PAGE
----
“My dad started to write something. He wrote one paragraph and he stopped. So I asked my aunt, ‘Do you remember Dad getting this?’ And she said, ‘Absolutely.’ He got this letter in the mail and he was going to write his story and he looked at her and said, ‘I can’t write this. What I did will stay with me until I go to my grave. Nobody needs to know what I did.’ A lot of these guys didn’t want to talk about it because it was brutal hand-to-hand combat, bayonets fixed on their rifles. I don’t think anybody would want to re-live that.”

Mr. Hart attended his first FSSF reunion in 1969 but his journey to becoming an FSSF historian – he currently serves as Canadian Vice-President of the First Special Service Force Association, which is dedicated to keeping the unit’s history alive – only began in the late 1990s.

“A friend of mine asked me to come over and watch Saving Private Ryan with him. And of course that was a war movie like no other. A Devil’s Brigade movie came out in 1968 and that was kind of a glamourized, Hollywood thing, but Saving Private Ryan was different – it really was touching, moving. It really got me thinking I’d really like to look up the Devil’s Brigade. So we did that on his computer and the first site that came up and the first picture that came up was my dad looking back at me.”

He has since attended many other reunions – each a moving experience in its own way.

“When I went in 2002, it was in Helena. There was a veteran walking down the hallway at the hotel and he was in tears. I asked him, ‘Can I help you?’ And he said, ‘Nope. After all these years I’ve been told to keep this stuff to myself and just deal with it.’ He said, ‘This is where I should’ve been coming all along.’ I’ve never forgotten that.”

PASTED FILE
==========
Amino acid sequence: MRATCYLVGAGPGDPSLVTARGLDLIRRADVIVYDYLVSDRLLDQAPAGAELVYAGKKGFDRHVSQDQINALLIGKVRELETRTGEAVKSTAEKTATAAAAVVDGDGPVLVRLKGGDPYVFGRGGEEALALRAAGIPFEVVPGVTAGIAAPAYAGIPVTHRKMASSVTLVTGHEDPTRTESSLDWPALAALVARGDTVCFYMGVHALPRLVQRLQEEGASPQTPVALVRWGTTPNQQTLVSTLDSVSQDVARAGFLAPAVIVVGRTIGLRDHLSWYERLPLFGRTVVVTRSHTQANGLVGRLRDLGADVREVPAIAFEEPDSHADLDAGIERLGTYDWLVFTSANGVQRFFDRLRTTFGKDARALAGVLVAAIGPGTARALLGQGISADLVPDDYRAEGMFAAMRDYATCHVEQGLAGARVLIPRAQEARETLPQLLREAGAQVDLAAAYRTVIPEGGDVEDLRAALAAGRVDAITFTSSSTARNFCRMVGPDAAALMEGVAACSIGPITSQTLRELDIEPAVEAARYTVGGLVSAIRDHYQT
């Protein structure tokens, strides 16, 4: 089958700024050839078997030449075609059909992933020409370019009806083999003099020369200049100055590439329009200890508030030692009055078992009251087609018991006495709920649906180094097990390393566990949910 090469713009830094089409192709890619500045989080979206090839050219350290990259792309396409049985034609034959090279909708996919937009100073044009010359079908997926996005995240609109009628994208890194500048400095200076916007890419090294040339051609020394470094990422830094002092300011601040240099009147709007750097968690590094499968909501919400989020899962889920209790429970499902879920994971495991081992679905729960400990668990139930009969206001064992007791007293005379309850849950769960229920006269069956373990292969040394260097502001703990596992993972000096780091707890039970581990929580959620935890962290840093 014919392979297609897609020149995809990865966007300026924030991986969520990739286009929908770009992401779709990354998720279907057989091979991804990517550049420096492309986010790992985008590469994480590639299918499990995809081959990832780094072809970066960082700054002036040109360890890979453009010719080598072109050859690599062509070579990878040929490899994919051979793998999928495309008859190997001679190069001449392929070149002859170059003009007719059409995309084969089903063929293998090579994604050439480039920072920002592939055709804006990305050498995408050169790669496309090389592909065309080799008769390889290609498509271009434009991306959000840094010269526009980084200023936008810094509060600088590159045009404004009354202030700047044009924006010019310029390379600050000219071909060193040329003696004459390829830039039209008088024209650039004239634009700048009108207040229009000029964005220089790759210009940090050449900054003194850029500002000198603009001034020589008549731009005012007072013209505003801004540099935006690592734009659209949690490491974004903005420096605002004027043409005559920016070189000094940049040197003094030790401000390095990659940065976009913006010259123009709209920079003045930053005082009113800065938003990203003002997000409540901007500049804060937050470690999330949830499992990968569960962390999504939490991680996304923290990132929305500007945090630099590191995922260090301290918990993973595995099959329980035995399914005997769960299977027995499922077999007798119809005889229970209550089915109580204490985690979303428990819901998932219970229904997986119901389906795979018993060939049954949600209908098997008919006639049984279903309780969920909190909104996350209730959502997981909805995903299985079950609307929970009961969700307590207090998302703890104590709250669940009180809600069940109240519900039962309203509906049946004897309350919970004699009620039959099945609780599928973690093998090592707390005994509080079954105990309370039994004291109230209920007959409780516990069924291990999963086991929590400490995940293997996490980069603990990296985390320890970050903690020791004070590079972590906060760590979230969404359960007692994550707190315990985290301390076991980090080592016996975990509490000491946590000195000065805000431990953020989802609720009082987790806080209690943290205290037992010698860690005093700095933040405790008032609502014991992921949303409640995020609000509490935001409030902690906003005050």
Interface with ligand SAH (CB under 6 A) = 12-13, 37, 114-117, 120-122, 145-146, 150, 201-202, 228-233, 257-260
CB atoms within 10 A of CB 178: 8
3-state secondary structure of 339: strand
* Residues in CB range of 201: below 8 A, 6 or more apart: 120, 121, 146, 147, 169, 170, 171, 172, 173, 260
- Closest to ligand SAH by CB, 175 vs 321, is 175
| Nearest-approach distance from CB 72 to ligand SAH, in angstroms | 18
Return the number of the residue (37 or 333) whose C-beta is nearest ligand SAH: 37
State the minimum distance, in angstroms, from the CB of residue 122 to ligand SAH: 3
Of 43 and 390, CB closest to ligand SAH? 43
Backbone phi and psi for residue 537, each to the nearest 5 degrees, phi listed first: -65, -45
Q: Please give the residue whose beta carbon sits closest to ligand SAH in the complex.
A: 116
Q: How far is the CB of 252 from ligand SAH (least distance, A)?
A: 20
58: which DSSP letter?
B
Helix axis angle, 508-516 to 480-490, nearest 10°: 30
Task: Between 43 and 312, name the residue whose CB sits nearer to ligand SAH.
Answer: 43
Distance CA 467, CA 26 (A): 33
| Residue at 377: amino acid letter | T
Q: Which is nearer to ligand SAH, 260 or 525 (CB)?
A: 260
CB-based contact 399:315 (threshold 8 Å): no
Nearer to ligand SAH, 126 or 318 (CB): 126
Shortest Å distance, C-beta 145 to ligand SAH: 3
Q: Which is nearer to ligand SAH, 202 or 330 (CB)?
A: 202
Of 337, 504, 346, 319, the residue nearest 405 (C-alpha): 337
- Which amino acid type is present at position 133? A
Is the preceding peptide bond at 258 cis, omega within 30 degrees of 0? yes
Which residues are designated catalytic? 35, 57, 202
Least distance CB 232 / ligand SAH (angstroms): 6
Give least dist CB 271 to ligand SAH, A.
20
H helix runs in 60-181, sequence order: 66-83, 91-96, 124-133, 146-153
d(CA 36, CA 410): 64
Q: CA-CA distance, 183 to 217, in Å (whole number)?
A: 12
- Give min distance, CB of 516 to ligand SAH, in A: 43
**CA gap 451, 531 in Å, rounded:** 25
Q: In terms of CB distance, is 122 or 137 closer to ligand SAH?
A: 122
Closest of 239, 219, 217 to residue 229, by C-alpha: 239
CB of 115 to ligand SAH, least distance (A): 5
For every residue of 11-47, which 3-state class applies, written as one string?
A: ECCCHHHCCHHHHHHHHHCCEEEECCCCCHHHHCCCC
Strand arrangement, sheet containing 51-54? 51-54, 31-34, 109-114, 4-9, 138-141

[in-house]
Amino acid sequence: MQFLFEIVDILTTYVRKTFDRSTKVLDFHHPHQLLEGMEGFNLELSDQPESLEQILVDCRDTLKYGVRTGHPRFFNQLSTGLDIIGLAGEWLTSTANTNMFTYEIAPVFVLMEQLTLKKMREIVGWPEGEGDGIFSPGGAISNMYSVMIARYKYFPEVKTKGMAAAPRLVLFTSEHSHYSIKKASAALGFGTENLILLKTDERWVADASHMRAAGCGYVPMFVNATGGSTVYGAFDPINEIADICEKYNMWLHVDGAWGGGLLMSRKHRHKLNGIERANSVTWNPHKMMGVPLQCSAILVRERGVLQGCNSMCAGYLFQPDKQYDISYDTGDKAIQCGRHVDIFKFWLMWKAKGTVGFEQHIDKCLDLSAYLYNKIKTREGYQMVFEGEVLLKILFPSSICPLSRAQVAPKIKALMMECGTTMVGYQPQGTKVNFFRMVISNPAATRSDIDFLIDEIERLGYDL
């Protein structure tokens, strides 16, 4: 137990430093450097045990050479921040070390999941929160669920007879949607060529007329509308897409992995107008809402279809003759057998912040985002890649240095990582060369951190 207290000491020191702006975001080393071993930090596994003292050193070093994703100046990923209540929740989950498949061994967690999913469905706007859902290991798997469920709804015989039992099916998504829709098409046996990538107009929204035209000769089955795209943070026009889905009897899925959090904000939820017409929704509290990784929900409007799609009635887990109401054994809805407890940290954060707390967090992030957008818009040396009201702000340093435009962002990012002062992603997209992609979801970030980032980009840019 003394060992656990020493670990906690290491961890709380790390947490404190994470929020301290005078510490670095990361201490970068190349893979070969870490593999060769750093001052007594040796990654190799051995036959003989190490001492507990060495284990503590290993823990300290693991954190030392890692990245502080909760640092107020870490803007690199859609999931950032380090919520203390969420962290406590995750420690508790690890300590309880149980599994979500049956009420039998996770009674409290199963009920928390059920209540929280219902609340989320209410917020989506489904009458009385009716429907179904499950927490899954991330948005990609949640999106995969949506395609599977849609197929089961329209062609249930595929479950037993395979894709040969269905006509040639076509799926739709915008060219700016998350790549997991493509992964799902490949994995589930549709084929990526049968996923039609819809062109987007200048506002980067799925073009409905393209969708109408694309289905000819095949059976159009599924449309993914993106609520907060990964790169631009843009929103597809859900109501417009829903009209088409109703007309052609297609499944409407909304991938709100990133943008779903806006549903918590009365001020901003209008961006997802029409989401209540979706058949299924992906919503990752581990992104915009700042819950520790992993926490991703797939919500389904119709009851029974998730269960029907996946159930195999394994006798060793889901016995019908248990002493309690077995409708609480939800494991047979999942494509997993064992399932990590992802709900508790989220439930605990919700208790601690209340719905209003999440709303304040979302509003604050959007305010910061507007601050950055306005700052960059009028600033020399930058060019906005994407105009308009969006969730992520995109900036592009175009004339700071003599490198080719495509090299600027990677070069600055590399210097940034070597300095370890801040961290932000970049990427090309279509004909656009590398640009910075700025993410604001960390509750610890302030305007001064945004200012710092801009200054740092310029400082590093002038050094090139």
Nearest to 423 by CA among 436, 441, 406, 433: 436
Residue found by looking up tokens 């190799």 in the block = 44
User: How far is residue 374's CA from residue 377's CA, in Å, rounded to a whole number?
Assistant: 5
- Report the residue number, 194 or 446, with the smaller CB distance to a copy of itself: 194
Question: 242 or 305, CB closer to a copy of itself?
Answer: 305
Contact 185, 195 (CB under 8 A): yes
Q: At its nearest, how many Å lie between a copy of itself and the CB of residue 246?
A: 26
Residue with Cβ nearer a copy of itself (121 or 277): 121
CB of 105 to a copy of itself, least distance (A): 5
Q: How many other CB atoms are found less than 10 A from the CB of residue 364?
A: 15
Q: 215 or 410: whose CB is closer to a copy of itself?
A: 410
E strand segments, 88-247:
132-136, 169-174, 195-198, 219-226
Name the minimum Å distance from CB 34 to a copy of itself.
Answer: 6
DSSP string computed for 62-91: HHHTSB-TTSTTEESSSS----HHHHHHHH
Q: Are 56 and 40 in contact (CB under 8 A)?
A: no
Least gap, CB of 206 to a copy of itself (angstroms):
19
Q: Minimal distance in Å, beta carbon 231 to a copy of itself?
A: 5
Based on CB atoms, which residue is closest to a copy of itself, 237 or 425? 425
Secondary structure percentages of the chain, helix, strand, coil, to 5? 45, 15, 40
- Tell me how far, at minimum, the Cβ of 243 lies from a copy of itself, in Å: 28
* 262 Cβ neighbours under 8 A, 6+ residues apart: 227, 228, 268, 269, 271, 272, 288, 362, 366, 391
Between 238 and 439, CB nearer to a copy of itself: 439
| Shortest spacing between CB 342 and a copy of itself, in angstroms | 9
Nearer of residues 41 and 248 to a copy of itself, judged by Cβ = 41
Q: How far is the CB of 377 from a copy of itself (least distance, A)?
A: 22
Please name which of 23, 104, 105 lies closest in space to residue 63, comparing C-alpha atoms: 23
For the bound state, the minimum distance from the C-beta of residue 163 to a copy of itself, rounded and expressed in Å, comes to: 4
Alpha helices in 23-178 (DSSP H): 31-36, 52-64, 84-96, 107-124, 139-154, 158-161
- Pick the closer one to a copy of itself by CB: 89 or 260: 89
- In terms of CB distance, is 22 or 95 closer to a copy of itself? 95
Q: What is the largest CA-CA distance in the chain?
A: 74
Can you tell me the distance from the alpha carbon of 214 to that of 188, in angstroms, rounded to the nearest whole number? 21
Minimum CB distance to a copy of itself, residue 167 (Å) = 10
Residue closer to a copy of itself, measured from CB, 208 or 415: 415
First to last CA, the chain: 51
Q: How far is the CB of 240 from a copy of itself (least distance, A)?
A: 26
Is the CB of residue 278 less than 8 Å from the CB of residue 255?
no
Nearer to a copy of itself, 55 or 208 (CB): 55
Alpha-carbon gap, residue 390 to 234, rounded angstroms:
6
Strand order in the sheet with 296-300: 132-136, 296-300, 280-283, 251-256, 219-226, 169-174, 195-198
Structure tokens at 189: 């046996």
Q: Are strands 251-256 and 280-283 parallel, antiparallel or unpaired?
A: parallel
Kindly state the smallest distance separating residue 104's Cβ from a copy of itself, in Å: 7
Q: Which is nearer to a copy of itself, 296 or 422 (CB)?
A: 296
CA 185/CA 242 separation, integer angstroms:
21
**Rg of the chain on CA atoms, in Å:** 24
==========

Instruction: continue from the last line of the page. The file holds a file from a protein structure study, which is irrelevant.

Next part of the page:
Mr. Hart and others on the FSSF Association board also took an active role in advocating for the Congressional Gold Medal.

“We had the list of every senator and every representative – there are hundreds of them. It took a bit of time to get that going because the U.S. Congress knew little about what the First Special Service Force was. The First Special Service Force Association played a big part in that. Many of the veterans called their representatives. In the end both parties agreed unanimously to award this medal.”

The Association’s efforts to keep the history alive extends to leading tours of the European battlefields where the FSSF proved their mettle.

“When you get that much death and destruction and sadness and horror there’s got to be something going on there,” he said. “I pick up feelings there that are hard to describe. We have had veterans come on every one of our tours. A lot of them, when they see those tombstones with their buddies’ names on them, it just breaks them right down. But they do get some kind of closure.”

He continued, “A lot of the orphans come back who have never met their fathers. It’s a key connection for them to see where their fathers were killed. We take the Veterans back to the villages they liberated and we always find somebody that remembers them. And that’s really a substantial experience for everybody.”